About this Research Topic
Immunological memory is the underlying hallmark of vaccination. However, the mechanisms underlying the induction and maintenance of memory remain poorly understood. The most commonly accepted theory is that long-lived memory lymphocytes, as opposed to short-lived acute effector lymphocytes, maintain memory. In recent years, there has been an increasing number of studies on the induction of memory following vaccination with live vectors or infection with replicating viruses or bacteria. However, it is currently unclear (i) how a putative population of long-lived lymphocytes is induced following vaccination with non-replicating vectors or adjuvants; (ii) whether they derive from different clones than the acute effectors, and indeed, (iii) how they manage to live for decades while acute effectors are programmed to die within weeks. Although there are studies showing that memory B cells can engage neighboring naïve T cells, the mechanisms that dictate how long-lived memory CD4+ helper T cells can exist for decades, presumably separately from their cooperating long-lived B cells and CTLs, and then be subsequently engaged when the recall antigen is encountered remain elusive.
Another hypothesis on the maintenance of long-term memory is that our lymph nodes act as libraries of millions of antigens that we encounter since birth, and that these antigens, through unknown mechanisms, keep antigen-specific clones in a state of threshold activation, without causing them to undergo terminal differentiation - the fate of their acute effector sister clones. There is yet another more recent hypothesis proposing that upon encounter with recall antigens, strong pro-inflammatory signals trigger rare clones of long-lived memory cells to undergo rapid proliferation and differentiation into memory effectors.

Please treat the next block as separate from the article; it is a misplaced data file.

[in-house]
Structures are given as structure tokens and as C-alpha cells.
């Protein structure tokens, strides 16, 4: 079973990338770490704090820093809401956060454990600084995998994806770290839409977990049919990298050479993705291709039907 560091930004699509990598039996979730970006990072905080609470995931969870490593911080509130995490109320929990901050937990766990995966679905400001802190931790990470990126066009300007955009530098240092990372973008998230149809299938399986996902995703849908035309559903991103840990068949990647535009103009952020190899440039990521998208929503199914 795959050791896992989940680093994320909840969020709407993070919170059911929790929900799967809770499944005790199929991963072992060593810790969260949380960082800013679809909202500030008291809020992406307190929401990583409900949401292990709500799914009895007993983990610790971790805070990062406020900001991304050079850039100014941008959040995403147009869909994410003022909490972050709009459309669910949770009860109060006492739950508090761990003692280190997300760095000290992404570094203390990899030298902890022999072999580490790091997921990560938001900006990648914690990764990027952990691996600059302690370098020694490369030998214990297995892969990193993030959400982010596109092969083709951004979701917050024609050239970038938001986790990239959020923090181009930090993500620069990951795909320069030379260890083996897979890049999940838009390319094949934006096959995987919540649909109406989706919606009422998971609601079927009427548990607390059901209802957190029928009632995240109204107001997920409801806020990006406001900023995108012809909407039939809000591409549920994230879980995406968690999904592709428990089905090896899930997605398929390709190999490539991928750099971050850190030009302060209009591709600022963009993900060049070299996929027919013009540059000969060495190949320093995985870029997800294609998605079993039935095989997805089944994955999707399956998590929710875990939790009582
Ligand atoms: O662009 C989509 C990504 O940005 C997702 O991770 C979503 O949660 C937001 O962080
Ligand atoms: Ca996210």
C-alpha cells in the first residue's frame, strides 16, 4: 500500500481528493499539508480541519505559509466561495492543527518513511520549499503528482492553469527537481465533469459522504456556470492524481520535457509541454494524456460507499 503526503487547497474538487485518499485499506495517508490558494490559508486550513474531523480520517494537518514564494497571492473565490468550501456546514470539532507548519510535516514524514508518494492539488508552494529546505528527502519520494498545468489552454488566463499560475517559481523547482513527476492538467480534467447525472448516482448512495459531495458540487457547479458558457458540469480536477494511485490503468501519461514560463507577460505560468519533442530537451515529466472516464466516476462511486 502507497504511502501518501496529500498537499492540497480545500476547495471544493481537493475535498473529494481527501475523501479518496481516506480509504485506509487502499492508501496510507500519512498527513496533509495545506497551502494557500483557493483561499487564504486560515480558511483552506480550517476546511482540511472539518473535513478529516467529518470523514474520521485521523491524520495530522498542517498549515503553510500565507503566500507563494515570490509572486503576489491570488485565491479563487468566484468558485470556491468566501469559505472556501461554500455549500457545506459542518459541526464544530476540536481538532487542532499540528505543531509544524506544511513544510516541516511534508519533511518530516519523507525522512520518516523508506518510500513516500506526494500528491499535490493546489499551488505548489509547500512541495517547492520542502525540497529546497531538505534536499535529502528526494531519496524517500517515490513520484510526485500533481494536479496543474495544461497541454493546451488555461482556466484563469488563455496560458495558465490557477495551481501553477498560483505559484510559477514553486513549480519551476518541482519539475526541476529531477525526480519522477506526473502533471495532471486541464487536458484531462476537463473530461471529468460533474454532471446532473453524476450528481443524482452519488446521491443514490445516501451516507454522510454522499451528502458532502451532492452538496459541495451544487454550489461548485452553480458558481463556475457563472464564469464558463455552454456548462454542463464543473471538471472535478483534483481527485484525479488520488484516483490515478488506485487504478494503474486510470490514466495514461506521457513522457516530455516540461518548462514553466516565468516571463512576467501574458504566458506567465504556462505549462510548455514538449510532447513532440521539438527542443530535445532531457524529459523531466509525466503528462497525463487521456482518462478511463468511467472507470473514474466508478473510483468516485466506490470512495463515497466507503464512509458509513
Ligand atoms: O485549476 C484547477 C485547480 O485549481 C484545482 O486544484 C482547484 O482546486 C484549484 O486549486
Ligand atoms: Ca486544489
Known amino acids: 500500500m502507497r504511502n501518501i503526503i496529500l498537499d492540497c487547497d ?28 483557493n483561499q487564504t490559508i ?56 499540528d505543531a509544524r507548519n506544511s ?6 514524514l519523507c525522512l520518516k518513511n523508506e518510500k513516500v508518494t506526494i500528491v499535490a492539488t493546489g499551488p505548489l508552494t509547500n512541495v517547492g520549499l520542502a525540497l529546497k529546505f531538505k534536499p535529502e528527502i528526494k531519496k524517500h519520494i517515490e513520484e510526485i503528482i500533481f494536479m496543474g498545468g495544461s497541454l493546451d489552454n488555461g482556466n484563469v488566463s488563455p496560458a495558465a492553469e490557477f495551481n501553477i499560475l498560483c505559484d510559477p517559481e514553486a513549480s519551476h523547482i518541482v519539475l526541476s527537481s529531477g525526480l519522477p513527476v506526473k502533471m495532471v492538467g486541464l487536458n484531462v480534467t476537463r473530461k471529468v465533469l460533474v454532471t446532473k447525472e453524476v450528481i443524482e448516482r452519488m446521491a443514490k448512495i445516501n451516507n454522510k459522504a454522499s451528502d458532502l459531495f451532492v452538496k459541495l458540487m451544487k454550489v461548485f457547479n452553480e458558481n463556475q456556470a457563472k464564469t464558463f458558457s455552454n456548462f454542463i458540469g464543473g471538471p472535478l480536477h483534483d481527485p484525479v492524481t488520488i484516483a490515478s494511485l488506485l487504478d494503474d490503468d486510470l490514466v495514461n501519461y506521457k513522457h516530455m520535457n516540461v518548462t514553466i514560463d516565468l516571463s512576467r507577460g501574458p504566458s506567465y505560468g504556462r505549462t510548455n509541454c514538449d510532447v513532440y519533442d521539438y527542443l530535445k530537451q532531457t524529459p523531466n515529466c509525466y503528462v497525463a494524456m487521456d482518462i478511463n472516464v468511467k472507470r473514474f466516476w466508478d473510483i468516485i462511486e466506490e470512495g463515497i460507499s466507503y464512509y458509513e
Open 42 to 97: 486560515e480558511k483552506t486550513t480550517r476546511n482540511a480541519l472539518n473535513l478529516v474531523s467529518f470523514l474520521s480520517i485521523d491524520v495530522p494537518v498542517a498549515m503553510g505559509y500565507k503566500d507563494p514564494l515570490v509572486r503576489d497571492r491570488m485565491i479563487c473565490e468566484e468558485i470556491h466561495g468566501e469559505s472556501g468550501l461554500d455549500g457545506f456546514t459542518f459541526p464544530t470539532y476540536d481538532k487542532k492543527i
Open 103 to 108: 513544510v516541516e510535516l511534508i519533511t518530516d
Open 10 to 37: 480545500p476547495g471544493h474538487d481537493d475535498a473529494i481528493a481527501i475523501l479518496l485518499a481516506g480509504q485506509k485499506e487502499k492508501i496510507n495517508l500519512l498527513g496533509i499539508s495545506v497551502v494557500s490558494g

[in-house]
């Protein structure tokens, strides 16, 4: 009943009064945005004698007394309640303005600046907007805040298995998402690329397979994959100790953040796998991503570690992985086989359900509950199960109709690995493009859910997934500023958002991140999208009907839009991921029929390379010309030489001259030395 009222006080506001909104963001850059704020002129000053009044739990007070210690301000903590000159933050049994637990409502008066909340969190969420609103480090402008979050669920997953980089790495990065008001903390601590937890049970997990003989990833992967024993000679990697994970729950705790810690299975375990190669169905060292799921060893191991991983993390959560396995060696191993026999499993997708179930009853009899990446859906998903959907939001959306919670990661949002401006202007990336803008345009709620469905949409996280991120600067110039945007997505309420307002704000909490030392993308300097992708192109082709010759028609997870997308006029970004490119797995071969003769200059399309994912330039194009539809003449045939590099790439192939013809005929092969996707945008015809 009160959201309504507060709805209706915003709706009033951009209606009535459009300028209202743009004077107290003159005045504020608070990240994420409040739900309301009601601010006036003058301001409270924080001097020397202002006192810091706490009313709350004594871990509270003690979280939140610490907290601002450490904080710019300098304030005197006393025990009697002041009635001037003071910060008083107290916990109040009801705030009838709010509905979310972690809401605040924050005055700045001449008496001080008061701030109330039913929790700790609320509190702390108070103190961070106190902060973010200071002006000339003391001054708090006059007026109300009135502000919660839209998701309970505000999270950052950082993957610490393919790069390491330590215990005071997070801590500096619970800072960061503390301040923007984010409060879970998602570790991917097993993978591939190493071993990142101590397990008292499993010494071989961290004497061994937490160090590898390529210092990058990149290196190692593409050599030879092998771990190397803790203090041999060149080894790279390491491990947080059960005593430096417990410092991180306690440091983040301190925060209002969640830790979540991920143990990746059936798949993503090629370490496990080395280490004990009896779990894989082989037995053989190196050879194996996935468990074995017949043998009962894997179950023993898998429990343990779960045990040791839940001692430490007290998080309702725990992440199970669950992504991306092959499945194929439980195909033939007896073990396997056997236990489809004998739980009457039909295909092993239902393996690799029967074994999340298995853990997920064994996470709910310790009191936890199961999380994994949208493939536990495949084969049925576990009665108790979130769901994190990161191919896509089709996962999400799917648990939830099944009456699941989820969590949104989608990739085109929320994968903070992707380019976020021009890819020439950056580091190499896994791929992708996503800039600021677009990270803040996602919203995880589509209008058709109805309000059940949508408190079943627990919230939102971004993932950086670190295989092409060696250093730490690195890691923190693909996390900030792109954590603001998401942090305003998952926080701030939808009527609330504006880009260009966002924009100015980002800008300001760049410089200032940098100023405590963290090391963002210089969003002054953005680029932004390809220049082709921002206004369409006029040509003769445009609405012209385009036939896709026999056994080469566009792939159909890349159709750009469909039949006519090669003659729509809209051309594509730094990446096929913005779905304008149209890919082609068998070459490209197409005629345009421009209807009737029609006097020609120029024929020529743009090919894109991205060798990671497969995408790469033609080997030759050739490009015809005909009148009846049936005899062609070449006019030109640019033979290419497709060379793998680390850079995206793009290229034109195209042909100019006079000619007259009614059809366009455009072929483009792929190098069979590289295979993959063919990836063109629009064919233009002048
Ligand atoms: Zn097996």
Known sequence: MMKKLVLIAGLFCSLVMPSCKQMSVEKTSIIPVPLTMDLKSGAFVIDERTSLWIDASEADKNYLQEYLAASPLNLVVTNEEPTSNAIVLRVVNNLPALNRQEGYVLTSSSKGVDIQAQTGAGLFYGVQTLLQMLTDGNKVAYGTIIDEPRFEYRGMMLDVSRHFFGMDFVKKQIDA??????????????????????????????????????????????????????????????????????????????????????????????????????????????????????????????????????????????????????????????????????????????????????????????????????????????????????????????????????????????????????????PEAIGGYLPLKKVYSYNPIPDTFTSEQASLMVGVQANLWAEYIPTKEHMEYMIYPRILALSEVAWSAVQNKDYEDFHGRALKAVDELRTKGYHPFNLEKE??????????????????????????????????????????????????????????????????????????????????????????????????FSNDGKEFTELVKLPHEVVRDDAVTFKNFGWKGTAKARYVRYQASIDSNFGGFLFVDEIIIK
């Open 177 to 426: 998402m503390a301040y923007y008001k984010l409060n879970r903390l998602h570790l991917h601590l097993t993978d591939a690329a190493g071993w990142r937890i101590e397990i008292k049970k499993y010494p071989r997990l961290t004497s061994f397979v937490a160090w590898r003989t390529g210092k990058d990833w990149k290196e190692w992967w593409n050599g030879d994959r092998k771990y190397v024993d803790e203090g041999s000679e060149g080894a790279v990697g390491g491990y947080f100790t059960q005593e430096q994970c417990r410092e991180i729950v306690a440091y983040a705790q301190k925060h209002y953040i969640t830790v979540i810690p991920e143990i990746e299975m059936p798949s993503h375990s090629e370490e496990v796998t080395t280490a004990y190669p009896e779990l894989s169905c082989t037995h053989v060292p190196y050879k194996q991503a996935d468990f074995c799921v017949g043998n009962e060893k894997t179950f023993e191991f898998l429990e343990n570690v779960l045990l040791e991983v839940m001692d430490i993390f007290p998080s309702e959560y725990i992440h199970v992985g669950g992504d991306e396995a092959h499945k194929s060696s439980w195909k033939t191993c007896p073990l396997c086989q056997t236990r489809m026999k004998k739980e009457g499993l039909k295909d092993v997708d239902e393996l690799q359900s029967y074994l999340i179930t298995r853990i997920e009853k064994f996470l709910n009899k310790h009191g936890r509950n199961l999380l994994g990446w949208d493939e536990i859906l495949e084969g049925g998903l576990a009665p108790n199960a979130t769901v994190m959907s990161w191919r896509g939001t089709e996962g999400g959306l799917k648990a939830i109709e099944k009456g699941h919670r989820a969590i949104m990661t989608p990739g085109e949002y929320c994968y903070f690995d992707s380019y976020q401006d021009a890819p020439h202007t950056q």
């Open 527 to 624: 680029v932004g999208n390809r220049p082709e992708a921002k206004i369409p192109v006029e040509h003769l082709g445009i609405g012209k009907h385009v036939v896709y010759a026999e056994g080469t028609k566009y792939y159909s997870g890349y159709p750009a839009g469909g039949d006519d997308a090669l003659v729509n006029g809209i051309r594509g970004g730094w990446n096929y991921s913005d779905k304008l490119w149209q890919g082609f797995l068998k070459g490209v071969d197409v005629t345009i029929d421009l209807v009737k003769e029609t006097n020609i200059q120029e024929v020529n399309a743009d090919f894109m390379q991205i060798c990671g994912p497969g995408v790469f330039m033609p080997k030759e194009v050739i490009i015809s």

While long-term B cell memory is thought to be maintained by long-lived IgG or IgA secreting cells, it has been proposed that it is also maintained by low avidity IgM-secreting cells which can rapidly proliferate and differentiate into high avidity IgG- or IgA-secreting cells upon encounter with recall antigen. Whether there is a fundamental difference in long-term memory induction following mucosal versus systemic vaccination or infection is also unclear, but warrants further study since there are fundamental differences in the structure and individual cell populations that populate mucosal versus systemic sites of pathogen entry. Although more recently there have been reports on short–term NK memory cells, reports on the presence of long-term memory NK cells are scarce, and thus the focus of this Research Topic will be on long-term memory B and T cells.
In this Research Topic, we welcome the submission of Review, Mini-Review and Original Research articles that shed long-needed light on how long-term B, CD4+ T helper and CD8+ CTL memory is induced and maintained following infection or vaccination. Mechanistic studies in animal models as well as in humans that distinguish acute effectors from long-term resting and effector memory clones, both phenotypically and functionally, are encouraged to be submitted. In particular, studies that follow the kinetics of long-term memory formation in terms of phenotypic and functional characterization of antigen-specific B, CD4+ and CD8+ T cells following initial encounter with a specific antigen, are encouraged. Furthermore, authors studying the role of the bone marrow in the induction and maintenance of long-term B cell memory in terms of IgM, IgG and IgA-secreting acute and memory cells are also welcomed.
Keywords: Immunological memory, CTL, T cell
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